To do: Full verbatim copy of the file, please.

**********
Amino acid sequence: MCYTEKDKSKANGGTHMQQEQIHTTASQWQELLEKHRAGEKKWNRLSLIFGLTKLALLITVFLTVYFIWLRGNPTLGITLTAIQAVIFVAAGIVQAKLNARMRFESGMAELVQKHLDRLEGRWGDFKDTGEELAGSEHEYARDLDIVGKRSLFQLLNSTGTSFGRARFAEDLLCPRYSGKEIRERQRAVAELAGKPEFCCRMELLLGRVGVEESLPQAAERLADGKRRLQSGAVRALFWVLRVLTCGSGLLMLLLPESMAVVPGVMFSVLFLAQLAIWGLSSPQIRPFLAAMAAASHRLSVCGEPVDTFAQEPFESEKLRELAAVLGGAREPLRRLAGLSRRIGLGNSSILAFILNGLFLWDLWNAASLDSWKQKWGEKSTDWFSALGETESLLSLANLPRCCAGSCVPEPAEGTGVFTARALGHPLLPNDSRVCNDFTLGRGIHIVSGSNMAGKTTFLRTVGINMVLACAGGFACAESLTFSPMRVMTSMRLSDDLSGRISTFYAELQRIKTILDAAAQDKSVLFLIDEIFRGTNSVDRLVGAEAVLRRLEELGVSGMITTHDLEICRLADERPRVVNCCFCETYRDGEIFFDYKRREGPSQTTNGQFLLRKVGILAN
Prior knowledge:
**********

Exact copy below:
Amino acid sequence: MCYTEKDKSKANGGTHMQQEQIHTTASQWQELLEKHRAGEKKWNRLSLIFGLTKLALLITVFLTVYFIWLRGNPTLGITLTAIQAVIFVAAGIVQAKLNARMRFESGMAELVQKHLDRLEGRWGDFKDTGEELAGSEHEYARDLDIVGKRSLFQLLNSTGTSFGRARFAEDLLCPRYSGKEIRERQRAVAELAGKPEFCCRMELLLGRVGVEESLPQAAERLADGKRRLQSGAVRALFWVLRVLTCGSGLLMLLLPESMAVVPGVMFSVLFLAQLAIWGLSSPQIRPFLAAMAAASHRLSVCGEPVDTFAQEPFESEKLRELAAVLGGAREPLRRLAGLSRRIGLGNSSILAFILNGLFLWDLWNAASLDSWKQKWGEKSTDWFSALGETESLLSLANLPRCCAGSCVPEPAEGTGVFTARALGHPLLPNDSRVCNDFTLGRGIHIVSGSNMAGKTTFLRTVGINMVLACAGGFACAESLTFSPMRVMTSMRLSDDLSGRISTFYAELQRIKTILDAAAQDKSVLFLIDEIFRGTNSVDRLVGAEAVLRRLEELGVSGMITTHDLEICRLADERPRVVNCCFCETYRDGEIFFDYKRREGPSQTTNGQFLLRKVGILAN
Prior knowledge: